Tag Archives: protest song

Corruption And Betrayal In Puerto Rico: New EP From Yuca Brava (Interview)

Shouts regulars and all around hard working activists/musicians Yuca Brava are releasing a new EP today, Friday the 14th. Previously we have interviewed Felix Castro, the vocalist of the band, about their music and activism.

This time I spoke with Carlos Anglada, the producer, drummer and the other half of the band. Carlos told me about the new album and how it covers the betrayal by the Puerto Rican government of their people.

Halldór: What is going on today in your surroundings?

Carlos Anglada: On January 6 & 7 of this year (2020) Puerto Rico was struck by two earthquakes. The tremors destroyed hundreds of homes, leaving thousands of people in the Southwestern region of the Island homeless. The quakes also damaged close to 300 public schools, which have been declared as unusable.

As it turns out, a geological fault (the Punta Montalva Fault) slashes across the entire Sounthwestern part of the Island. After the fault became active, there have been close to 3,000 additional aftershocks or replicas to date. People in the region live in an unrelenting state of anxiety. Refugee camps have people living in tents, not unlike the refugee war camps we have seen elsewhere. We have begun losing people who have chosen to take their own lives, unable to find any hope in their dire situation.

Adding insult to injury, on January 18th, an independent journalist caught the authorities attempting to empty a warehouse holding a substantial number of supplies that had not been distributed since Hurricane Maria and that could have been used to serve the refugees from the earthquakes. Further investigation revealed that close to a dozen other such facilities were located all across the island, all of them holding potable water, baby formula, cots, portable showers, etc. In addition, when you see politicians holding out on emergency supplies so that they can repackage them with campaign flyers, you know you have seen the height of callousness.

In summary, we’re currently dealing with the fallout of yet another round of gross negligence and mismanagement of a natural event by our so-called “government”. In the meantime the Fiscal Oversight Board (Junta de Control Fiscal – Ley “Promesa”) is pressuring the government to agree to a plan to repay our debt which would deepen our already grave financial situation by extending stronger repay guarantees to stockholders based on inflated growth forecasts.

Halldór: What is this EP about?

Carlos: We touch on a number of issues: the hollowing out of the Island to make room for the wealthy elite (“Bitcoin Messiah”), state and social violence against women (“Cobardes & Escarlatas”), and the constant lying and deceit carried out by our “government” (“Huele a Traidores” & “Status Quo”). However, the overarching theme is the utter and complete betrayal of the people of PR by the current administration.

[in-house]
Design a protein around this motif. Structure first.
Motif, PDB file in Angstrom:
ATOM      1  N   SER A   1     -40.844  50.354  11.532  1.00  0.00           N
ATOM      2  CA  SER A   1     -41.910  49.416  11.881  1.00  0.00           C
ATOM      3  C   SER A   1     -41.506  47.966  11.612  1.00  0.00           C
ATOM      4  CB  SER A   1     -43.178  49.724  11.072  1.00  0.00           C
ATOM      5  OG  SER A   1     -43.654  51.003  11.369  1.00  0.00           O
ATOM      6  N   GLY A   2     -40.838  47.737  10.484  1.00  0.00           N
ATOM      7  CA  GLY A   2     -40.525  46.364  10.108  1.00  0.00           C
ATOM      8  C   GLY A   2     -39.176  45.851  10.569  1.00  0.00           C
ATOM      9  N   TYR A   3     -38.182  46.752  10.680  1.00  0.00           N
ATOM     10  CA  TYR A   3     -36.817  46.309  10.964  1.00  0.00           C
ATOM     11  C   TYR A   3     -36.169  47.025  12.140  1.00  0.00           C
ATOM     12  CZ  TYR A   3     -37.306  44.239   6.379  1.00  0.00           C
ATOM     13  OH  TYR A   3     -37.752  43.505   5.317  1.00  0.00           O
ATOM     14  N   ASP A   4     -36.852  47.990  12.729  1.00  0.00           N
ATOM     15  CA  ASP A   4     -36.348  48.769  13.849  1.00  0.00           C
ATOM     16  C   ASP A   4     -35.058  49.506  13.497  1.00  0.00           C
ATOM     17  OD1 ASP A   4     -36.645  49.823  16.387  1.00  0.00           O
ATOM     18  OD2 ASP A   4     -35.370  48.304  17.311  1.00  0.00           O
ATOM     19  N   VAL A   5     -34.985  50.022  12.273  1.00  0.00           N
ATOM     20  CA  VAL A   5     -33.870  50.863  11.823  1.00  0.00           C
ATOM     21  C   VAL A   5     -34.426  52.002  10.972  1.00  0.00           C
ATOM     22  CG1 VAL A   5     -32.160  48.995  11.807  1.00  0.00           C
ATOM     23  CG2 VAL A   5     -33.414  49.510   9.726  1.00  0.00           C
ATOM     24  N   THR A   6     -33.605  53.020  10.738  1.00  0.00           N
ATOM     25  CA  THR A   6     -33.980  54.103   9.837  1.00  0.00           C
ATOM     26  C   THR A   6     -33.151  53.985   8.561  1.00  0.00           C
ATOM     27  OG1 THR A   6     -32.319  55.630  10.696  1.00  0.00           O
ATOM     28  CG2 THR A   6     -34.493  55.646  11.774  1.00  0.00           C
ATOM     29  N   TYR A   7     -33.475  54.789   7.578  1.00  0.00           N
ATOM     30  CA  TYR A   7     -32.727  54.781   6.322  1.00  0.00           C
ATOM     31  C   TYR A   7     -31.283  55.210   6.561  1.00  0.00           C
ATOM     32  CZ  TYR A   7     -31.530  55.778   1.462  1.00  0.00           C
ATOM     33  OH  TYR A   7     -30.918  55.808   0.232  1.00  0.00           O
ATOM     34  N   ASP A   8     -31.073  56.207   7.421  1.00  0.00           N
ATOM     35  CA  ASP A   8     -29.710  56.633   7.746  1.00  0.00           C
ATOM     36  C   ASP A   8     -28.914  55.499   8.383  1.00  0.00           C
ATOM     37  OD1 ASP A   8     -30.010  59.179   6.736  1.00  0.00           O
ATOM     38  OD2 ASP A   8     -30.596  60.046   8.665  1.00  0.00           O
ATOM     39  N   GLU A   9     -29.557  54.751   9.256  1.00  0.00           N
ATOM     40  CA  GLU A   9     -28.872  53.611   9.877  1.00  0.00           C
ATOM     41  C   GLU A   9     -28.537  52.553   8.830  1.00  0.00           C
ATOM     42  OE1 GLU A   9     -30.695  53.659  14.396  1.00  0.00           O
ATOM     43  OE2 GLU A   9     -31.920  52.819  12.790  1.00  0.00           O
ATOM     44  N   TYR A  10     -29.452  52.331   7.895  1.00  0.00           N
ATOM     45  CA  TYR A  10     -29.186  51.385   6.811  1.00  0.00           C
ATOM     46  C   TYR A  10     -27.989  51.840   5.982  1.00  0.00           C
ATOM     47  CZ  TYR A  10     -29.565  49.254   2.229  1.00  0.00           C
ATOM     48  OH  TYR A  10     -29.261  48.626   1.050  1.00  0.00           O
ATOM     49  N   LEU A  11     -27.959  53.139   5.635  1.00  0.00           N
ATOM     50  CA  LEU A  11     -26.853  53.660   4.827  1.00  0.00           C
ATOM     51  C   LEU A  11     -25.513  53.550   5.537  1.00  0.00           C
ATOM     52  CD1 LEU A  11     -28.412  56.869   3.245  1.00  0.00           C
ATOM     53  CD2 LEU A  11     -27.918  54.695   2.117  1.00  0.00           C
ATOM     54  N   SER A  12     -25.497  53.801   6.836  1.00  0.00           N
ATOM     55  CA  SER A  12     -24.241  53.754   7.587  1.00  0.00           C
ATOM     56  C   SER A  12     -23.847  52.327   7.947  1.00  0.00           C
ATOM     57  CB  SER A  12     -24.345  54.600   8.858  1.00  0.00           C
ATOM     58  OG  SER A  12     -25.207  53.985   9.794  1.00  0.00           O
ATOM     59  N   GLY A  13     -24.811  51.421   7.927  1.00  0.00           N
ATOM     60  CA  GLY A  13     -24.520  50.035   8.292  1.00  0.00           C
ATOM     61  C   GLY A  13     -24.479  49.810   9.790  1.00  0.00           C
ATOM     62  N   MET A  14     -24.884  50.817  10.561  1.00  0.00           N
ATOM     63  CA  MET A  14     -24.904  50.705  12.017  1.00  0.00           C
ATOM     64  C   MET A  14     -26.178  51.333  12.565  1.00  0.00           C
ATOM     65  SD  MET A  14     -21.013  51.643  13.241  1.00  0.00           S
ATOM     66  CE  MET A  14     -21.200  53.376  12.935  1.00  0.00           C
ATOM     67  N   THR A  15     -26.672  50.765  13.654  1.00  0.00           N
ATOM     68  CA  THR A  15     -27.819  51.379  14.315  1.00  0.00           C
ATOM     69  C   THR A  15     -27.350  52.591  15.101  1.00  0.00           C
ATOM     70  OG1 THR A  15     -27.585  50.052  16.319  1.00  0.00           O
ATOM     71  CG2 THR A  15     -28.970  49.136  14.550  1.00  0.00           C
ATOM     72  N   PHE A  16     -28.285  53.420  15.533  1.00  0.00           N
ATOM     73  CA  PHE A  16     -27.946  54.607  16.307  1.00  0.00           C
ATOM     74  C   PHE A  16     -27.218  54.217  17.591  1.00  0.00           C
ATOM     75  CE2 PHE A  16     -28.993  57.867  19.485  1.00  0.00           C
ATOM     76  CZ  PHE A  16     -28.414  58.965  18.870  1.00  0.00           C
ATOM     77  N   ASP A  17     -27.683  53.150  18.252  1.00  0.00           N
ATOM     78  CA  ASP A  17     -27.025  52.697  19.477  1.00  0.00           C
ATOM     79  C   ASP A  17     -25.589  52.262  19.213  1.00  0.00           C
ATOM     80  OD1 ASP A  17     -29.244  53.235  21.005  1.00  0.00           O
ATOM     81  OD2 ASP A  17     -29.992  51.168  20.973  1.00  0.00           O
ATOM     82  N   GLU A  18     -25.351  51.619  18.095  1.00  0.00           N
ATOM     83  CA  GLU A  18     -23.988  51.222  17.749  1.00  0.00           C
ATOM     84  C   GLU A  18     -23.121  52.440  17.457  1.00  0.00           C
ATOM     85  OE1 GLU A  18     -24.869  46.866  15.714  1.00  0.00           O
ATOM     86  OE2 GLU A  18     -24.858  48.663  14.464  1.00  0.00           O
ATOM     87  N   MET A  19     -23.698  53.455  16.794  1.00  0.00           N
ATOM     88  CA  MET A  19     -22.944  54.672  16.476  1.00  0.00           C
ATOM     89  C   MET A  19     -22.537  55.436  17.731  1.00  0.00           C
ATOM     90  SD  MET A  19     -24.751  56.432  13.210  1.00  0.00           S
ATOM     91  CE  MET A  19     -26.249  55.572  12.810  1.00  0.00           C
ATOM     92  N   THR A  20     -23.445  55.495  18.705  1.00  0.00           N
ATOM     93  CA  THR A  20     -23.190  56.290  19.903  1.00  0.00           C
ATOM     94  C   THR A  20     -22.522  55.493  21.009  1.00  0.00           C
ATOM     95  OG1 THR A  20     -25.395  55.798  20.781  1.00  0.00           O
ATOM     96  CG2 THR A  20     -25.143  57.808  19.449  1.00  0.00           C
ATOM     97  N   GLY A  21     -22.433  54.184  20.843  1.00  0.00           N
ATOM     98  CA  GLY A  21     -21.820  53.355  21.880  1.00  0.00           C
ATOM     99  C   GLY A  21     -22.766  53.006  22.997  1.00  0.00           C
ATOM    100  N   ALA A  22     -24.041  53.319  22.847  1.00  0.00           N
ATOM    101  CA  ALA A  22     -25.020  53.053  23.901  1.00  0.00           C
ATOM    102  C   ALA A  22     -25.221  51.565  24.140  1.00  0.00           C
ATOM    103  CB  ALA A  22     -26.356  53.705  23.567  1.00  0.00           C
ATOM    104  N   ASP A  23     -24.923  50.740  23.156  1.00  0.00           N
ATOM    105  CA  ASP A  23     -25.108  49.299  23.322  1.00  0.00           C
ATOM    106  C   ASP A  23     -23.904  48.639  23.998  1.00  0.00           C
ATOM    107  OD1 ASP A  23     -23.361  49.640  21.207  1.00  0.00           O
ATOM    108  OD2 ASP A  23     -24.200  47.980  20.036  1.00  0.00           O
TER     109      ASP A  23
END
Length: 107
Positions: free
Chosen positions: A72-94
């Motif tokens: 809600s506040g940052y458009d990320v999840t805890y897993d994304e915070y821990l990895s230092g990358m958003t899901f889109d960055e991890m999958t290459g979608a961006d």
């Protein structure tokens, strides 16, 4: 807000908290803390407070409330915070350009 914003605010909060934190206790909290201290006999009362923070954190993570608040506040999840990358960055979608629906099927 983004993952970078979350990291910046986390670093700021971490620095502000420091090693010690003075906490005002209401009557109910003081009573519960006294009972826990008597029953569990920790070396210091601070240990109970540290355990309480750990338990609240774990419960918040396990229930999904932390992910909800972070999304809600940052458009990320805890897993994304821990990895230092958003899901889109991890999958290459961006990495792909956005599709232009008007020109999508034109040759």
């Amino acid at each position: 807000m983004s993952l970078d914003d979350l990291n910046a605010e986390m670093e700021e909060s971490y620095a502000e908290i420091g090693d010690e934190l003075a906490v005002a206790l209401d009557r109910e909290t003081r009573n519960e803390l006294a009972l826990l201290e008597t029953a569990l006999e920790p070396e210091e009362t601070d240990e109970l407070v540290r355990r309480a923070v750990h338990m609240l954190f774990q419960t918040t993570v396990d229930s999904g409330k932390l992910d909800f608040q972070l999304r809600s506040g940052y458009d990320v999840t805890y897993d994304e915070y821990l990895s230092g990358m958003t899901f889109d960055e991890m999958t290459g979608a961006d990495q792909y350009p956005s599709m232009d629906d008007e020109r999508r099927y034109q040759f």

Halldór: What is driving you or motivating you, today, to pen down some lyrics or create some beats and riffs?

Carlos: Neoliberal and austerity policies have real victims who experience real pain and suffering. Sometimes we fall in love with our own buzzwords and jargon and language and forget that we need to make this oppression real and visible to the people who we know need convincing to see the whole picture. In that sense, we are continually trying to make our perspective understandable and relatable.

Halldór: How is this EP different from your previous projects? In regards to both the recording and the creative process?

Carlos: The Micro Sessions is kind of an experiment in remote collaboration. Felix (vocals) lives in Phoenix, AZ and I live in PR. When Felix was still living here on the Island, we would write apart and once we had good working demos worked out, we would head to the studio and work there together.

Felix had to leave the Island after Hurricane Maria, since his employer was closing up shop locally. Moving to AZ was a huge change for him, and the adjustment period was hard on him and his family. We wanted to keep making music, since it’s quite cathartic for us, but Felix had not yet found how to record, so we had chosen to use the scratch vocals straight from his cellphone in the final tracks.

Our platform is your platform. Anything else you’d like to shout from the rooftops?

Carlos: We’re still a colony. That needs fixing. Urgently.

A Protest Music Interview: Stray

Being homeless for the first time at the age of 8 is perhaps, and hopefully, not something too many people can relate with. That was the reality for Stray, a young singer songwriter who just released her first album.

The protest music piece was recorded by herself on the farm where she now lives free from abuse and where she helps others get through similar things.

Halldór: First of all, for those who are not familiar with your work, who is Stray?

Stray: First homeless at the age of 8, I once roamed the streets alone like a cat, rummaging through the bins. At 21 I bought my first guitar at a flea market and started teaching myself to play. I sing about social, environmental, and economic justice in my music.

Halldór: You describe yourself as an artist who uses her voice to talk about issues that both have personally affected you as well as other things you deem necessary talk about. Why do you think music is such a great way to get political messages across?

Stray: The personal is political, I was homeless on and off due to severe abuse, couldn’t seek shelter at any of the local churches because I’m gay, and couldn’t afford apartments by myself due to poverty. So I was often trapped and choosing between an abusive home life or a homeless life.

These are traumas that I couldn’t talk about with people, both because trauma often makes us speechless, but because it had been dangerous for me to open up to people, and I also didn’t want to upset anyone else. You partially keep your trauma secret to nurture others.